My vague recollection is of bike colliding with runner twice. The first blow knocked me forward and off my feet, while the second impact came on my way down. The rider fell off his saddle, then started to get back on. “You’d better not leave,” I somehow yelled. He stayed put.

Moaning and on the ground, I took inventory of my limbs, which fortunately were moving. I stood. A motorist stopped, lowered his window and said he had called 911. There was blood covering my shirt and pain from my head and core. The cyclist kept repeating “I’m sorry Sir”. I borrowed his cell phone and called my wife, Linda.

Two ambulances arrived, blocking traffic. An emergency technician ran over to speak with me. “I’m fine,” I said. “I’m just going to walk home. It’s only about a mile.” Adrenaline talking.

No doubt, the tech had heard that before. “Why don’t you just come sit in the truck and let us look at you?” Reluctantly, I agreed.

Surprisingly, the side door of the ambulance opened and one of my running friends appeared. She was driving to work on that very road, got held up behind the commotion, and recognized me. (Thanks, Madeline. There are no coincidences.)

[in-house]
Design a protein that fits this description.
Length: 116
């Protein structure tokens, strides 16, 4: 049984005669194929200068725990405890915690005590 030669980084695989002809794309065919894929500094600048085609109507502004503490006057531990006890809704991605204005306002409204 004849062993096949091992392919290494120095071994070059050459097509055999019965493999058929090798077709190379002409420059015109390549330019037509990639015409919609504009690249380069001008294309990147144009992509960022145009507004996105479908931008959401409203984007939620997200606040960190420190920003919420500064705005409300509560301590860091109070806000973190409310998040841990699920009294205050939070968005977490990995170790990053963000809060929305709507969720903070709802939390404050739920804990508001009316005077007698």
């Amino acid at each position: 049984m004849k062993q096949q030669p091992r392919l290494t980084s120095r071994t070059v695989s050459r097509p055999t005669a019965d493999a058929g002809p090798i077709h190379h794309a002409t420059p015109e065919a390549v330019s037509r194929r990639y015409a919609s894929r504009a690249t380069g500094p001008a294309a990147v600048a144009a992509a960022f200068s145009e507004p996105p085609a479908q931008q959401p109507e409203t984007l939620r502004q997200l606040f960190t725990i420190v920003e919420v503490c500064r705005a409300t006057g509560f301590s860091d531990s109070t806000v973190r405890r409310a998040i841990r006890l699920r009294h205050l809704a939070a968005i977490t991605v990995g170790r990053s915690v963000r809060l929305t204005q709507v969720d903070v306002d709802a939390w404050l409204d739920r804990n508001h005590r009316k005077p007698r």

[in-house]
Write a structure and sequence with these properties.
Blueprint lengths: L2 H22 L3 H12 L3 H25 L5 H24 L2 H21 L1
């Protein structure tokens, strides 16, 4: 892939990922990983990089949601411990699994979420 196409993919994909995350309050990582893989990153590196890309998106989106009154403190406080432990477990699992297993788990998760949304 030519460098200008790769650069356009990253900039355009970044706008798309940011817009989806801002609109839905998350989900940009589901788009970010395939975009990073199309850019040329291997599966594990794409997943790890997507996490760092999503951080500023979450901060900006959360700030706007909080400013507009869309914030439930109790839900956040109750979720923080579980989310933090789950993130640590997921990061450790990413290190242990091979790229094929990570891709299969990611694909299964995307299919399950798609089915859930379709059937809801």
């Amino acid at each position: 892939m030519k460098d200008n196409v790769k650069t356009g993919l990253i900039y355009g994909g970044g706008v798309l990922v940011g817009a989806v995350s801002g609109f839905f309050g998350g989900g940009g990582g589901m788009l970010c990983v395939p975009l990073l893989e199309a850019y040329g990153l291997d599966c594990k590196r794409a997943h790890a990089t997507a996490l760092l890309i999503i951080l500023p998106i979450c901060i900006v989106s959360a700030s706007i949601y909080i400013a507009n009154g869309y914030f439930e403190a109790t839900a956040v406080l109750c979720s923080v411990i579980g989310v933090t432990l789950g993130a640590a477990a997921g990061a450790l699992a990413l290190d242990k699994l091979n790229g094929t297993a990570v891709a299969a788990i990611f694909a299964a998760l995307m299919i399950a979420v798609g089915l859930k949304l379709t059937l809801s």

As the medical staff took my vitals and asked basic questions, Linda showed up. We spoke briefly. Then the room began to swirl.

Whatever happened next took place outside my consciousness. I now know that I went under twice. Truth is that I have a history of fainting easily, but that didn’t matter. When someone passes out in the back of an ambulance, a certain protocol kicks in. The techs can’t take any chances in case the victim suffered a spinal or brain injury.

My next recollections are a handful of EMTs and Paramedics yelling “Wake up, Steve”, “Come back to me, Steve” as they strapped me onto one of those boards I’d only seen on TV and NFL games. Collar around my neck, tape across my forehead and every few inches down the length of my body, my arms secured by my sides.